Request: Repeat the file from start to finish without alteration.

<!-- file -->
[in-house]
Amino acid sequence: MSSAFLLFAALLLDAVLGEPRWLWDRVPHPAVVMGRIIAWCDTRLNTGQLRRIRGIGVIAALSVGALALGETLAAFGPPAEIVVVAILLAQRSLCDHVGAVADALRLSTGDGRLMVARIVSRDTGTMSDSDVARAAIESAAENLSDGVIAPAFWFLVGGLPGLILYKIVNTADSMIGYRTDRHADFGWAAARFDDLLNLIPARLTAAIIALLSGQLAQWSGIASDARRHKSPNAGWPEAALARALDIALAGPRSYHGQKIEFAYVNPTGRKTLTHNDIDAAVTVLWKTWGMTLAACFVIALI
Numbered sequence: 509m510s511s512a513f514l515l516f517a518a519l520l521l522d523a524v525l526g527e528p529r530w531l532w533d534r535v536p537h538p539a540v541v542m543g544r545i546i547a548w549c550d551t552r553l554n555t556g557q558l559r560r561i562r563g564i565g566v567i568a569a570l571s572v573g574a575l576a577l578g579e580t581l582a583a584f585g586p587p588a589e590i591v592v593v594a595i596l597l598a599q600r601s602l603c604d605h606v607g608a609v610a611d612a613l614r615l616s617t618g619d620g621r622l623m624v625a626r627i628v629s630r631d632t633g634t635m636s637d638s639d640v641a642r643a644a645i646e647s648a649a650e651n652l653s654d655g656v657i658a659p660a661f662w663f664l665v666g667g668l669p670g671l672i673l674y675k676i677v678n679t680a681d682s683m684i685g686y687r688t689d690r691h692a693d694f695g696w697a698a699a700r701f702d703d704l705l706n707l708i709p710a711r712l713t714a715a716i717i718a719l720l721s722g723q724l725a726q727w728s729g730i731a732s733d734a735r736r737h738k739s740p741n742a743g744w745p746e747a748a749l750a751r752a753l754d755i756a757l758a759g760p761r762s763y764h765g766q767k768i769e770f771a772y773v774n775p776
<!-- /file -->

[in-house]
Amino acid sequence: MSSAFLLFAALLLDAVLGEPRWLWDRVPHPAVVMGRIIAWCDTRLNTGQLRRIRGIGVIAALSVGALALGETLAAFGPPAEIVVVAILLAQRSLCDHVGAVADALRLSTGDGRLMVARIVSRDTGTMSDSDVARAAIESAAENLSDGVIAPAFWFLVGGLPGLILYKIVNTADSMIGYRTDRHADFGWAAARFDDLLNLIPARLTAAIIALLSGQLAQWSGIASDARRHKSPNAGWPEAALARALDIALAGPRSYHGQKIEFAYVNPTGRKTLTHNDIDAAVTVLWKTWGMTLAACFVIALI
Numbered sequence: 509m510s511s512a513f514l515l516f517a518a519l520l521l522d523a524v525l526g527e528p529r530w531l532w533d534r535v536p537h538p539a540v541v542m543g544r545i546i547a548w549c550d551t552r553l554n555t556g557q558l559r560r561i562r563g564i565g566v567i568a569a570l571s572v573g574a575l576a577l578g579e580t581l582a583a584f585g586p587p588a589e590i591v592v593v594a595i596l597l598a599q600r601s602l603c604d605h606v607g608a609v610a611d612a613l614r615l616s617t618g619d620g621r622l623m624v625a626r627i628v629s630r631d632t633g634t635m636s637d638s639d640v641a642r643a644a645i646e647s648a649a650e651n652l653s654d655g656v657i658a659p660a661f662w663f664l665v666g667g668l669p670g671l672i673l674y675k676i677v678n679t680a681d682s683m684i685g686y687r688t689d690r691h692a693d694f695g696w697a698a699a700r701f702d703d704l705l706n707l708i709p710a711r712l713t714a715a716i717i718a719l720l721s722g723q724l725a726q727w728s729g730i731a732s733d734a735r736r737h738k739s740p741n742a743g744w745p746e747a748a749l750a751r752a753l754d755i756a757l758a759g760p761r762s763y764h765g766q767k768i769e770f771a772y773v774n775p776